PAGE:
She calmly looked me in the eye and then slowly stood up. Looking down at the ground between her feet, she revealed to me a large beautiful egg. There was no nest built around her or her treasure. It was as though she’d been walking along the path and got caught by surprise, much as human ladies sometimes have babies in improbable places. What are you going to do? Babies wait for no one once they decide.

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The blue-footed booby moved her gaze from her prized egg back to my face for an instant. Then she looked back down and a second time back at me, transmitting great pride. The moment was frozen in time.

She clearly was saying, “Look at the lovely thing I have made. Isn’t it wonderful?”

I exclaimed over the beauty of her egg, and told her soon she would have a cute little chick to protect. I was awestruck in this simple encounter, so pure in its innocent love it was. In that moment two females of very different species acknowledged between them the magic of all creation. I was acutely aware of the web of love that connects all of life here on Earth.

Sometimes the infiniteness of the ocean can be seen in a single drop of water. The encounter between the blue-footed booby and I was one brief small exchange, and yet it had immense depth.

As unpredictable as love between humans may sometimes feel, in actual fact it is a universal law as constant as gravity. They are one and the same. This invisible, powerful force draws us magically and inexorably together into the One. We are bound and challenged by it. And ultimately that is why we came here…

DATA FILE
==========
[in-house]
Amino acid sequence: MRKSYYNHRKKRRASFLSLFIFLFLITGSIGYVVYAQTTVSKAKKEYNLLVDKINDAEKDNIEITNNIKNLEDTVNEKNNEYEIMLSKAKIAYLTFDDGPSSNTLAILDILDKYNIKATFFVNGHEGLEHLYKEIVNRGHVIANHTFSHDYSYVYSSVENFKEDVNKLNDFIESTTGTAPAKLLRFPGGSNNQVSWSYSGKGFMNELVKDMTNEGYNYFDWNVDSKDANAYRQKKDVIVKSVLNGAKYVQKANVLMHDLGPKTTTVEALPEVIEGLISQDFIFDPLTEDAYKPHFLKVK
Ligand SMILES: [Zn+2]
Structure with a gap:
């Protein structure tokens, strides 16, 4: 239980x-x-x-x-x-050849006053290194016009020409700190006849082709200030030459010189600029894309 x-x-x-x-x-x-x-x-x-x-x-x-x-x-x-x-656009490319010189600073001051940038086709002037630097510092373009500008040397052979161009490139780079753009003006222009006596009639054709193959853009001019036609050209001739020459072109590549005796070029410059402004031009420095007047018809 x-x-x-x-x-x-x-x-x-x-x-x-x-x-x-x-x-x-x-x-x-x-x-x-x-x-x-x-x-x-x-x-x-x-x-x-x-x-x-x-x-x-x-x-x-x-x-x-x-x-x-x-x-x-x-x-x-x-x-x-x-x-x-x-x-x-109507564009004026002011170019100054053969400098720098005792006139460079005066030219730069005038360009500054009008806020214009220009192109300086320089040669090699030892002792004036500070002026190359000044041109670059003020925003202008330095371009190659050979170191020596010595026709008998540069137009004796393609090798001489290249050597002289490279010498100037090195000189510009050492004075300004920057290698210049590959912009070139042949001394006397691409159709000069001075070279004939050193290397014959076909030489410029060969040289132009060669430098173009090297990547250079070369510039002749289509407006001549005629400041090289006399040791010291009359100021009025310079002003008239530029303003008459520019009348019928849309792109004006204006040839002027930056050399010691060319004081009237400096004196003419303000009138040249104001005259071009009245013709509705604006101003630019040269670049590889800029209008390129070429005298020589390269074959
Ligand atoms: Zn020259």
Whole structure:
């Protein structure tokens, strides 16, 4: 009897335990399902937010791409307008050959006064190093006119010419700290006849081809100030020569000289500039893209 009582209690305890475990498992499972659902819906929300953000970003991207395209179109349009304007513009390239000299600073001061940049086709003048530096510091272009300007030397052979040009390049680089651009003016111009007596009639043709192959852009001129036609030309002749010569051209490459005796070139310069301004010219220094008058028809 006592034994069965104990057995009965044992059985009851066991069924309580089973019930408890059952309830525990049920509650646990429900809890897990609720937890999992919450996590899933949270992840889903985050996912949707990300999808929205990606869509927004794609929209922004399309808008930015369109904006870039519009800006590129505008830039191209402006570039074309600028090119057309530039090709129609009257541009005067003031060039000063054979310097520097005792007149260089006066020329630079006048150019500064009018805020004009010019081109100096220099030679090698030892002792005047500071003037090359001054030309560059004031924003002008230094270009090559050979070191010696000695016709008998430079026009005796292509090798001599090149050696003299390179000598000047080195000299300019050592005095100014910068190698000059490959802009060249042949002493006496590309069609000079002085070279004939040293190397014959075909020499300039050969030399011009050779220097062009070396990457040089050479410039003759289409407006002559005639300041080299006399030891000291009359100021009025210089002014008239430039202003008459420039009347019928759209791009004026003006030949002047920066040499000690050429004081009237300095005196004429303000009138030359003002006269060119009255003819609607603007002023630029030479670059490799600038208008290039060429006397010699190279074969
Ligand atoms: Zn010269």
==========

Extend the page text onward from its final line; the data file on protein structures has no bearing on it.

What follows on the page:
To learn and get better at Love.

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Love in the Galapagos Islands © Susan L Hart  2017-2019

First published as A Little Love Story, in Seven Degrees of Wisdom, Welcome to our Circle

Seeing Beauty in Australia | HartQuill.com

Seeing Beauty in Australia

The beloved poet Rumi wrote about beauty, and a favorite quote has been, “Beauty surrounds us”. But much to my surprise, I discovered just lately that the full quote is actually, “Beauty surrounds us, but usually we need to be in a garden to know it”. Yes! He was making the point that we tend to tune in on a narrow bandwidth for seeing beauty. This was really driven home to me personally when I began to travel.

My old lens sought landscapes lush and green

I started my travels almost 20 years ago in paradise: Hawaii. When I close my eyes and picture the plumeria trees, the heavenly scent floats back to me, and with it all of my memories of Hawaii. You might imagine that this would be my epitome of landscape beauty, but that is not true.

I grew up immersed in rugged, expansive and stunning landscapes, with lush green summers and glorious fall color. Art was my passion, and my goal was to show people the beauty that surrounds them, every day. My eyes became used to seeing the Earth in a certain way, that of the landscapes I painted. And when I began traveling, that was the lens that I took with me.

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Suffice to say, Hawaii was a delight. But, being as lush as it is, it did not challenge my idea of beauty one whit. In fact, it only helped to “raise the bar”. Australia, on the other hand, significantly challenged my viewpoint.